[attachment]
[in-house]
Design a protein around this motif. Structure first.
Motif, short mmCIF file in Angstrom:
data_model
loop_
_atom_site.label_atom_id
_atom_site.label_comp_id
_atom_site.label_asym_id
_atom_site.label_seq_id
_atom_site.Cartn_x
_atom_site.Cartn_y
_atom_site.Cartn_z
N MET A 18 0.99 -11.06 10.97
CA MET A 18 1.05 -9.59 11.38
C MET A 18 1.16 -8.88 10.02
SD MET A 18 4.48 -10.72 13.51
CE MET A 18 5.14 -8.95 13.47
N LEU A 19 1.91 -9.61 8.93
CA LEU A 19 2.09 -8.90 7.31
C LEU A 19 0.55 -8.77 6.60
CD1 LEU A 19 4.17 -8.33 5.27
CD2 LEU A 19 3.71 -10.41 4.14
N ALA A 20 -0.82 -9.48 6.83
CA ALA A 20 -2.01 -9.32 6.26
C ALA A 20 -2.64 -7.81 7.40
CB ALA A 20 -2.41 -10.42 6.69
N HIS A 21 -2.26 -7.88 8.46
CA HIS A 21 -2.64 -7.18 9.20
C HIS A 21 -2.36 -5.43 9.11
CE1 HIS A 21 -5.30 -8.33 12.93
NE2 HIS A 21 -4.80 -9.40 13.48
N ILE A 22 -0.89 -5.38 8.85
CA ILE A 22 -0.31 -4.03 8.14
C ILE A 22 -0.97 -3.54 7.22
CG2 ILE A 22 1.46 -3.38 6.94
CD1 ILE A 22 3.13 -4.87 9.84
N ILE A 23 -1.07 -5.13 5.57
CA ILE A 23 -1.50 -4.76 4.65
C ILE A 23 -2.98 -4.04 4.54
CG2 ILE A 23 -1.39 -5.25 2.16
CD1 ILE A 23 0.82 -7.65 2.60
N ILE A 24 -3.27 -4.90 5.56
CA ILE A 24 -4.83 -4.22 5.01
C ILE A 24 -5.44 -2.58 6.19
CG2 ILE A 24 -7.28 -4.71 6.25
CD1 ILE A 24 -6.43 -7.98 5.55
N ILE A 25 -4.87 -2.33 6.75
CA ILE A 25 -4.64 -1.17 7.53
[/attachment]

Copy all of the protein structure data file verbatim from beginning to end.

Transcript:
[in-house]
Design a protein around this motif. Structure first.
Motif, short mmCIF file in Angstrom:
data_model
loop_
_atom_site.label_atom_id
_atom_site.label_comp_id
_atom_site.label_asym_id
_atom_site.label_seq_id
_atom_site.Cartn_x
_atom_site.Cartn_y
_atom_site.Cartn_z
N MET A 18 0.99 -11.06 10.97
CA MET A 18 1.05 -9.59 11.38
C MET A 18 1.16 -8.88 10.02
SD MET A 18 4.48 -10.72 13.51
CE MET A 18 5.14 -8.95 13.47
N LEU A 19 1.91 -9.61 8.93
CA LEU A 19 2.09 -8.90 7.31
C LEU A 19 0.55 -8.77 6.60
CD1 LEU A 19 4.17 -8.33 5.27
CD2 LEU A 19 3.71 -10.41 4.14
N ALA A 20 -0.82 -9.48 6.83
CA ALA A 20 -2.01 -9.32 6.26
C ALA A 20 -2.64 -7.81 7.40
CB ALA A 20 -2.41 -10.42 6.69
N HIS A 21 -2.26 -7.88 8.46
CA HIS A 21 -2.64 -7.18 9.20
C HIS A 21 -2.36 -5.43 9.11
CE1 HIS A 21 -5.30 -8.33 12.93
NE2 HIS A 21 -4.80 -9.40 13.48
N ILE A 22 -0.89 -5.38 8.85
CA ILE A 22 -0.31 -4.03 8.14
C ILE A 22 -0.97 -3.54 7.22
CG2 ILE A 22 1.46 -3.38 6.94
CD1 ILE A 22 3.13 -4.87 9.84
N ILE A 23 -1.07 -5.13 5.57
CA ILE A 23 -1.50 -4.76 4.65
C ILE A 23 -2.98 -4.04 4.54
CG2 ILE A 23 -1.39 -5.25 2.16
CD1 ILE A 23 0.82 -7.65 2.60
N ILE A 24 -3.27 -4.90 5.56
CA ILE A 24 -4.83 -4.22 5.01
C ILE A 24 -5.44 -2.58 6.19
CG2 ILE A 24 -7.28 -4.71 6.25
CD1 ILE A 24 -6.43 -7.98 5.55
N ILE A 25 -4.87 -2.33 6.75
CA ILE A 25 -4.64 -1.17 7.53